14

Anarcho 04.09.13 at 1:33 pm

that is, they see individuals embedded in social institutions like the church or the family or schools—all institutions, it should be said, that are hierarchical and undemocratic…. For all their individualist bluster, libertarians—particularly those market-oriented libertarians who are rightly viewed as the leading theoreticians of neoliberalism—often make the same claim.

Actually, genuine libertarians (i.e., libertarian socialists, or anarchists) like Bakunin, Kropotkin, Goldman, Berkman, Chomsky and Ward are all against hierarchical and undemocratic institutions (like private property, the capitalist firm, churches, the patriarchal family, etc.) precisely because they take liberty of the individual seriously. One exception is Proudhon, who made an exception for the patriarchal family while attacking private property, capitalism, churches, etc.

In other words, don’t let the right steal “libertarian” from the left. It was a communist-anarchist who coined the word “libertarian” in the 1850s. The right American started to appropriate the term in the 1950s (in spite of knowing it use):

150 years of Libertarian

Iain
An Anarchist FAQ

15

js. 04.09.13 at 4:43 pm

I don’t see how Thatcher’s inclusion of families contradicts “myths” about the hyper-individualism of her worldview

Leaving Thatcher herself aside, I’d think the idea is that in stressing individualism, neoliberalism wants to say that it rejects “natural hierarchies”, etc. But its endorsement of the traditional role of family within, umm, society(?) shows that it doesn’t.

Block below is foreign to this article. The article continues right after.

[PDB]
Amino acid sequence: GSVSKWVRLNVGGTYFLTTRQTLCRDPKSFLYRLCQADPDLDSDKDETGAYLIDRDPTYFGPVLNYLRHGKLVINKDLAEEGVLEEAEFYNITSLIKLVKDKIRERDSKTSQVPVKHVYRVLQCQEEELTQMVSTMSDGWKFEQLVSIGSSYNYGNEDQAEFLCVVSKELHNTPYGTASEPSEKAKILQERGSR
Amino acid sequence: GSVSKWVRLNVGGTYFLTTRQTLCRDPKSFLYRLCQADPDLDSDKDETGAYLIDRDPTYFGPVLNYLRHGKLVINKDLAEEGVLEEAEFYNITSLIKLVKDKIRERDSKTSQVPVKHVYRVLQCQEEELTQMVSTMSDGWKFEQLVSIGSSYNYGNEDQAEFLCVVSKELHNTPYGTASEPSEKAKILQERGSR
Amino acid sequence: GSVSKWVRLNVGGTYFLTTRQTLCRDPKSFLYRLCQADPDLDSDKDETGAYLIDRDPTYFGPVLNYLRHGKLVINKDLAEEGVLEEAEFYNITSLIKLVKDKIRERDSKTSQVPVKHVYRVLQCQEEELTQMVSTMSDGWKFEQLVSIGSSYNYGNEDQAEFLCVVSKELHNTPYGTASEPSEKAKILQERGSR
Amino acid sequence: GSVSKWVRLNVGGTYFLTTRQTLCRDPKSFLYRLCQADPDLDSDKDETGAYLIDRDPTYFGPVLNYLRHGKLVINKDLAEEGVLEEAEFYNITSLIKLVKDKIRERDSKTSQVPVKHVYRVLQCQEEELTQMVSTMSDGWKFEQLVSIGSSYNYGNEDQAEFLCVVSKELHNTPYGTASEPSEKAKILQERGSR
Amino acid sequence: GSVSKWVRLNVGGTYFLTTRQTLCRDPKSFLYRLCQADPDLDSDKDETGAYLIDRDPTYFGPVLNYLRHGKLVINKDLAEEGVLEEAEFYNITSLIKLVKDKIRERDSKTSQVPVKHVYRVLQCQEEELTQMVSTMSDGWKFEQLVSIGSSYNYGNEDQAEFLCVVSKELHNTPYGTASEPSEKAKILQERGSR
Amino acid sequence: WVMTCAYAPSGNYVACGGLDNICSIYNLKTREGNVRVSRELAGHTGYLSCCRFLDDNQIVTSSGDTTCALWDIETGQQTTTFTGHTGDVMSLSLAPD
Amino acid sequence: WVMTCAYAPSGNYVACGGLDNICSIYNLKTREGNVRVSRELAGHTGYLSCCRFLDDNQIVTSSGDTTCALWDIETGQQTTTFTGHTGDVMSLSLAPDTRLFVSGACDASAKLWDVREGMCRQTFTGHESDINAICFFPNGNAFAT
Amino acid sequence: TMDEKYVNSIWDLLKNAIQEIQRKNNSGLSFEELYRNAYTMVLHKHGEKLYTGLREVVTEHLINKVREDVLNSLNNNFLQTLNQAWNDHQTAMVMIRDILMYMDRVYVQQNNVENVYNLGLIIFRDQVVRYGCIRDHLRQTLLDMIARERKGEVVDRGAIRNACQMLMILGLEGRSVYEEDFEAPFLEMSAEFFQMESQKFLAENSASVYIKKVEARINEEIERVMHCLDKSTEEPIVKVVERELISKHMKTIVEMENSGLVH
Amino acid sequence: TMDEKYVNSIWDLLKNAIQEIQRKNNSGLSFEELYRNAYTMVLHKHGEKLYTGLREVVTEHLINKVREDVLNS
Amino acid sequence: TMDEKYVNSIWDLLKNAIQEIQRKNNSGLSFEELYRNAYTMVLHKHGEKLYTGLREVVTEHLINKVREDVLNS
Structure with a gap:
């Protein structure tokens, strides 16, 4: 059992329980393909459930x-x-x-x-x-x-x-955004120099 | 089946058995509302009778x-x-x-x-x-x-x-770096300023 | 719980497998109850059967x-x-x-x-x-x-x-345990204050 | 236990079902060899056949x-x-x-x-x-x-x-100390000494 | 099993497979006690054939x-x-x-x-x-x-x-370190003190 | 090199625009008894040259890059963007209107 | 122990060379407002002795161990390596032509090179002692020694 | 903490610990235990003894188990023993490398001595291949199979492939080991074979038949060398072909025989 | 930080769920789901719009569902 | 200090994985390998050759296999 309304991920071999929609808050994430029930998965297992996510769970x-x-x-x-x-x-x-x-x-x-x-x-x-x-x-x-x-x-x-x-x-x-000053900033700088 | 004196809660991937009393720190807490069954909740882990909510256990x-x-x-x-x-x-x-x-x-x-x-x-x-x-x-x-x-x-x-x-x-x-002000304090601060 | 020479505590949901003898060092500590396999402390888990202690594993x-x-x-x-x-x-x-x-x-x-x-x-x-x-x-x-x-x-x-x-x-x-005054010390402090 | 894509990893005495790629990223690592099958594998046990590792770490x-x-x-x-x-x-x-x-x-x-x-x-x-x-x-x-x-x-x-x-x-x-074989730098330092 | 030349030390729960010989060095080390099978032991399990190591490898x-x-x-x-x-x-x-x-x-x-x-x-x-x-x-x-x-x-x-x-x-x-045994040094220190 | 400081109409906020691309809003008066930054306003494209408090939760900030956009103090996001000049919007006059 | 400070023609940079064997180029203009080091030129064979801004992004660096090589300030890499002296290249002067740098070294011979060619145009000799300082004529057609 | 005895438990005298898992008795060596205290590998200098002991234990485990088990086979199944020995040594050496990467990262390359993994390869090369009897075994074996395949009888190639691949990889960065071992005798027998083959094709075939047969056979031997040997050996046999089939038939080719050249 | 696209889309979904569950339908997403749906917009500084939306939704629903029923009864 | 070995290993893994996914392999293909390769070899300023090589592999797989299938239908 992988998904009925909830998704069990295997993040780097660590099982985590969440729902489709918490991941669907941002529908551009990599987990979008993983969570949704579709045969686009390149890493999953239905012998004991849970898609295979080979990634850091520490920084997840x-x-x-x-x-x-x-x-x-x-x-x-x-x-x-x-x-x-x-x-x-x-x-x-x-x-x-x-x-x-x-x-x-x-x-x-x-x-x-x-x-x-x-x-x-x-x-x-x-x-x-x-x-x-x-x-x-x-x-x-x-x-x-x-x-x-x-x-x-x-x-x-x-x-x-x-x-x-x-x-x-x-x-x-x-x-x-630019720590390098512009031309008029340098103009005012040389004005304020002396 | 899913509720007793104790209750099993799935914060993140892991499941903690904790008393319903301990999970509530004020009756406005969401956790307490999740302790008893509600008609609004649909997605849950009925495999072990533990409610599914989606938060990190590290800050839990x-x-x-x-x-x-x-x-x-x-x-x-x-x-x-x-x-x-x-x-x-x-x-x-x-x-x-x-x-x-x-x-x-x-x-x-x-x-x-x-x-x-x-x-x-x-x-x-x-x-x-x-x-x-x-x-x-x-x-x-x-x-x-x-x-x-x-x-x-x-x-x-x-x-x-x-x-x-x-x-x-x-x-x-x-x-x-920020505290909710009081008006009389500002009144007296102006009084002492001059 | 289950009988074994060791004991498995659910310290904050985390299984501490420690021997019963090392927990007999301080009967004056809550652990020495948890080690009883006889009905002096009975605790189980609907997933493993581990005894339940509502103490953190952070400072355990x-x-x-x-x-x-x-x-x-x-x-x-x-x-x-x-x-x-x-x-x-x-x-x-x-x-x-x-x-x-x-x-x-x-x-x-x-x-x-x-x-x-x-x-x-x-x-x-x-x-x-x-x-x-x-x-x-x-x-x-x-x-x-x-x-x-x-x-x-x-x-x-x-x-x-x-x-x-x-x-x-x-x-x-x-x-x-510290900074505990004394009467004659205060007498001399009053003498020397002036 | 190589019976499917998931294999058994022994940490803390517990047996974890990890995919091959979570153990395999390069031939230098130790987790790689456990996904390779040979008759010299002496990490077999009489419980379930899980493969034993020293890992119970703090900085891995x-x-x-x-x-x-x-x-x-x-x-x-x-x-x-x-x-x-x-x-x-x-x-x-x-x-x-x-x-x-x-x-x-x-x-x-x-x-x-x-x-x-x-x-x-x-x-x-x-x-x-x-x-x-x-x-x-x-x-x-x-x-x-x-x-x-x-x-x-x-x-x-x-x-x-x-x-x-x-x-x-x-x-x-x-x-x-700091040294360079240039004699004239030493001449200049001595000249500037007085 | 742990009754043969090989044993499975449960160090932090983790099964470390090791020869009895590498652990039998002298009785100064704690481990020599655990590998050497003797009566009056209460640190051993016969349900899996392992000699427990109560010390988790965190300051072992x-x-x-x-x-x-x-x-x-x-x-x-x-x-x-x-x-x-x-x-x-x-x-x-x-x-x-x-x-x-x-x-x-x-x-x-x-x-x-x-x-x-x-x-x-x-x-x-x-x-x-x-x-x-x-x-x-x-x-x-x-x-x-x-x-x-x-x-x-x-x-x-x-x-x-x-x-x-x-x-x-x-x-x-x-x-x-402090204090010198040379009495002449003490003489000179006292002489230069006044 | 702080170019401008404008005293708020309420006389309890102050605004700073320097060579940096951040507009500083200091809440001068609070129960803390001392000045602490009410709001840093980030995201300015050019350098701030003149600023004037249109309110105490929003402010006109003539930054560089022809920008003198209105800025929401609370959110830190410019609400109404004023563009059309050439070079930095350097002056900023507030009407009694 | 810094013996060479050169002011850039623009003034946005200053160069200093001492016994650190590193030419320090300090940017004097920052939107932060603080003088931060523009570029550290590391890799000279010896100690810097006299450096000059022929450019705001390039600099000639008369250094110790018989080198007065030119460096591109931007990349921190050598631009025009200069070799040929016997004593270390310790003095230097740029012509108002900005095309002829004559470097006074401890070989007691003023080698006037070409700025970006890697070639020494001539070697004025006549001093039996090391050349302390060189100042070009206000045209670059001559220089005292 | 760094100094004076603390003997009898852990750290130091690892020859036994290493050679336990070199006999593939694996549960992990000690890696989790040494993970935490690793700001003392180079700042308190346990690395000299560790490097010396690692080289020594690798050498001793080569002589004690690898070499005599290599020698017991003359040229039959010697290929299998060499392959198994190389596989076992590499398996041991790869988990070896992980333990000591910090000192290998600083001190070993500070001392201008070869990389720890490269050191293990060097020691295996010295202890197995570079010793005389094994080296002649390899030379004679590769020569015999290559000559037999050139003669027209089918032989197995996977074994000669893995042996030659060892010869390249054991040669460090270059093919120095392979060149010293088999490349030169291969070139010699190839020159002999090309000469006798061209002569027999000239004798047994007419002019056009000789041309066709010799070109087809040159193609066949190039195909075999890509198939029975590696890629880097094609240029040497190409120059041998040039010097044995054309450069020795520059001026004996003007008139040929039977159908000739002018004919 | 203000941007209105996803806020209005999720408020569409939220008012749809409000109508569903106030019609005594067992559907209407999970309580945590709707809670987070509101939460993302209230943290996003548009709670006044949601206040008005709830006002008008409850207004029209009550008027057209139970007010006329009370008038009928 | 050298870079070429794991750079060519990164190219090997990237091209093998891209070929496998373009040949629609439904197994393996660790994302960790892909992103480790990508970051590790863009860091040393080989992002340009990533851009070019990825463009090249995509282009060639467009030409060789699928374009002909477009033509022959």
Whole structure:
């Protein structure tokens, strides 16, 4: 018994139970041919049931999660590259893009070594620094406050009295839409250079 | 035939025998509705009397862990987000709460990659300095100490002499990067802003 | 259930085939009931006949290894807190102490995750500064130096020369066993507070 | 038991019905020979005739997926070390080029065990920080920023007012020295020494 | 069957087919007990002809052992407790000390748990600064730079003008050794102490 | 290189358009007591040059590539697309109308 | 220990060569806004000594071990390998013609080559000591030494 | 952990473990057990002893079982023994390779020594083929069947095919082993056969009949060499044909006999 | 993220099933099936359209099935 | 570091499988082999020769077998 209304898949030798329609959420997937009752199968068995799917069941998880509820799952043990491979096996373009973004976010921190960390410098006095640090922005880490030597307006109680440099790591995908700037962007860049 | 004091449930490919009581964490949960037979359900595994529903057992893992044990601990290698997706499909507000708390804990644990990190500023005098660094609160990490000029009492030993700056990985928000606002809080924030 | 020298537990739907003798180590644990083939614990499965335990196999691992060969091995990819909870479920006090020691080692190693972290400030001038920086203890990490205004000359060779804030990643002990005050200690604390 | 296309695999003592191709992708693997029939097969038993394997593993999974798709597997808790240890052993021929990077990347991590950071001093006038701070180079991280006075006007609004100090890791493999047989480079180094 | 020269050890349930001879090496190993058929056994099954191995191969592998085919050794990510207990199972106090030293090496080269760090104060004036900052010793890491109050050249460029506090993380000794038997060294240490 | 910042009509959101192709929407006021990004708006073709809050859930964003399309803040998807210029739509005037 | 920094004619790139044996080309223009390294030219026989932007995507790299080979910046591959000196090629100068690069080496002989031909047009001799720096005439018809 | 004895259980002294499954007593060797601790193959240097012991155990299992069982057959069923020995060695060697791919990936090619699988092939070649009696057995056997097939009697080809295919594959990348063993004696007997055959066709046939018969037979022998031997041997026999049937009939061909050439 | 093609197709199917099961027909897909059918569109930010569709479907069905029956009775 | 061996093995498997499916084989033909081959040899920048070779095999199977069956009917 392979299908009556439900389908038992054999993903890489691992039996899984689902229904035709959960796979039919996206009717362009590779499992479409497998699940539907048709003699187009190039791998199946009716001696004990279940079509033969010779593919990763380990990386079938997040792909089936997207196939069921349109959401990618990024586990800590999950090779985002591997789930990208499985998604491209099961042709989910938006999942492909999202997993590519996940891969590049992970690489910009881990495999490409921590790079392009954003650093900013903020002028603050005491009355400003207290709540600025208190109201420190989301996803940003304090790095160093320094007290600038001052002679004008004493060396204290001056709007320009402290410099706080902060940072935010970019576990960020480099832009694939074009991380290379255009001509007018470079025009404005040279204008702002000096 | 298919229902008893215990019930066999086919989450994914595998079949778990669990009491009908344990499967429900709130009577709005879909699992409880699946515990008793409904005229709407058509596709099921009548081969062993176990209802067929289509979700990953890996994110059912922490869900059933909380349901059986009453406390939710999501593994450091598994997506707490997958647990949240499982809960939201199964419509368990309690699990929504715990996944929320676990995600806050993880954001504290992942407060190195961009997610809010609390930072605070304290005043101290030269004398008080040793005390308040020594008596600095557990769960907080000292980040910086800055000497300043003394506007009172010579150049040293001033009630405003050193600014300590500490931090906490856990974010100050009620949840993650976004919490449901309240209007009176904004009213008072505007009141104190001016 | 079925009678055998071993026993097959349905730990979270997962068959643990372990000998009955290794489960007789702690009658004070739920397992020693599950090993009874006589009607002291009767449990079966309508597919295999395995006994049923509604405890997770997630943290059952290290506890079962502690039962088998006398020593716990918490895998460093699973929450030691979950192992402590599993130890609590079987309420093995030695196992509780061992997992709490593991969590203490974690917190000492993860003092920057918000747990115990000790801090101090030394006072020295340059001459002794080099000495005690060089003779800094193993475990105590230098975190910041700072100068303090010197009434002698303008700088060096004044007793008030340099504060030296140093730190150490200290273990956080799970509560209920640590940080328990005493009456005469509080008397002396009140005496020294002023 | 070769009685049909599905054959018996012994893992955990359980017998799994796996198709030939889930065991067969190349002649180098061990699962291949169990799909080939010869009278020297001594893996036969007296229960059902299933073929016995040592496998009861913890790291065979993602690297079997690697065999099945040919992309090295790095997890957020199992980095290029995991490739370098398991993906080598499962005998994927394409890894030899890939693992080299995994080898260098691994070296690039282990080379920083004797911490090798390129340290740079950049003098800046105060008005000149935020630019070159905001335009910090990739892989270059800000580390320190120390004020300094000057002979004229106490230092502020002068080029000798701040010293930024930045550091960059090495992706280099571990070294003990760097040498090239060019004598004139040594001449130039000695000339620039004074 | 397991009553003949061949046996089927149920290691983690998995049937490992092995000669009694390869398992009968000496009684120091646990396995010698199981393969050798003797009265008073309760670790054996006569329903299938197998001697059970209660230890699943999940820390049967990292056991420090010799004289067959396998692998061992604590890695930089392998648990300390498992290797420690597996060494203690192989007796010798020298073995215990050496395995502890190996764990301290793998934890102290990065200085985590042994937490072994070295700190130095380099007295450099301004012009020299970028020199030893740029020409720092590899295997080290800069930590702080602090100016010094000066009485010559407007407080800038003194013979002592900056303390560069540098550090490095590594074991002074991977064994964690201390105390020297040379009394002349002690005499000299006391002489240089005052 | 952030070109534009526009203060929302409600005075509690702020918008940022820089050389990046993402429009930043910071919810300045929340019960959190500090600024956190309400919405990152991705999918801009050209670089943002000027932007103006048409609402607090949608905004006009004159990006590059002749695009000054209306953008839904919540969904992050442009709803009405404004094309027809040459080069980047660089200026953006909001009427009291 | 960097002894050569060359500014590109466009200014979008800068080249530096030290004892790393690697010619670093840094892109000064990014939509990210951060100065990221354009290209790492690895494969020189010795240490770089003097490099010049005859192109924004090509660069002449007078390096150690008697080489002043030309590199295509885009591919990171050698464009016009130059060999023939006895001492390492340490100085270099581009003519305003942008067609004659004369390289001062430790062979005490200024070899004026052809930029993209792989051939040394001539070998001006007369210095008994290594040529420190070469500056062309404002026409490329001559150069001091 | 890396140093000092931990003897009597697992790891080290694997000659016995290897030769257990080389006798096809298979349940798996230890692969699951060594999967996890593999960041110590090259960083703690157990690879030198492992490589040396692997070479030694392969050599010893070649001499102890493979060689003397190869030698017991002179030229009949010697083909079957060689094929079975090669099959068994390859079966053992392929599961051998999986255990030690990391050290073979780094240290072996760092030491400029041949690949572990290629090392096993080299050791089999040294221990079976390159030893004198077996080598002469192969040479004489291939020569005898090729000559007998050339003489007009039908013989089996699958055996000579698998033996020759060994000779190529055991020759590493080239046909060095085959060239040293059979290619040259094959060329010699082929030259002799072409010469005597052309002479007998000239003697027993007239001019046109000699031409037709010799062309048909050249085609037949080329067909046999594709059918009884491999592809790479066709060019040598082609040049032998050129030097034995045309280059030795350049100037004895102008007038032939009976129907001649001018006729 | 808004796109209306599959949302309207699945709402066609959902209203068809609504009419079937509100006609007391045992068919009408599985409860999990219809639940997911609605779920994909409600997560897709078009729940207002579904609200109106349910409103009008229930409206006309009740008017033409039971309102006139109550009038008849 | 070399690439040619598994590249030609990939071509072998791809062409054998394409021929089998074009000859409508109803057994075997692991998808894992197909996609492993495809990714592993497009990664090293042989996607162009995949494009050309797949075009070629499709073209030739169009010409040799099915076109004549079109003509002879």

16

john c. halasz 04.09.13 at 4:46 pm

Well, “society” is a rather notoriously difficult term to define. I always took Thatcher’s famous dictum to be an exercise in sheer nominalism: because there is not a thing to directly correspond to the word, that thing can not exist. But the missing link in such extreme individualism is “community”, (even if that word has become a slippery buzz-word nowadays, as in “business community” or “intelligence community”), rather than “family”, since it bridges the gap between private and public, and the denial of the publicness of power is very much the intended point.

As to Austrian economics, it’s important to remember that it was Austrian. The Anglophilic idealization goes together with living in a bureaucracy-ridden, highly hierarchical society: “free markets” as reactionary utopianism. (Polanyi’s “The Great Transformation” was partly written as a polemic against the Austrian school, which he knew all too well, as a senior editor of the leading Viennese business journal).

17

Sev 04.09.13 at 7:29 pm

“the “belated feudalism” of the 19th century American state”

Thank god we’ve come a long way since then:
http://www.nytimes.com/2006/09/25/nyregion/25courts.html?pagewanted=all

18

sophist75 04.10.13 at 1:41 am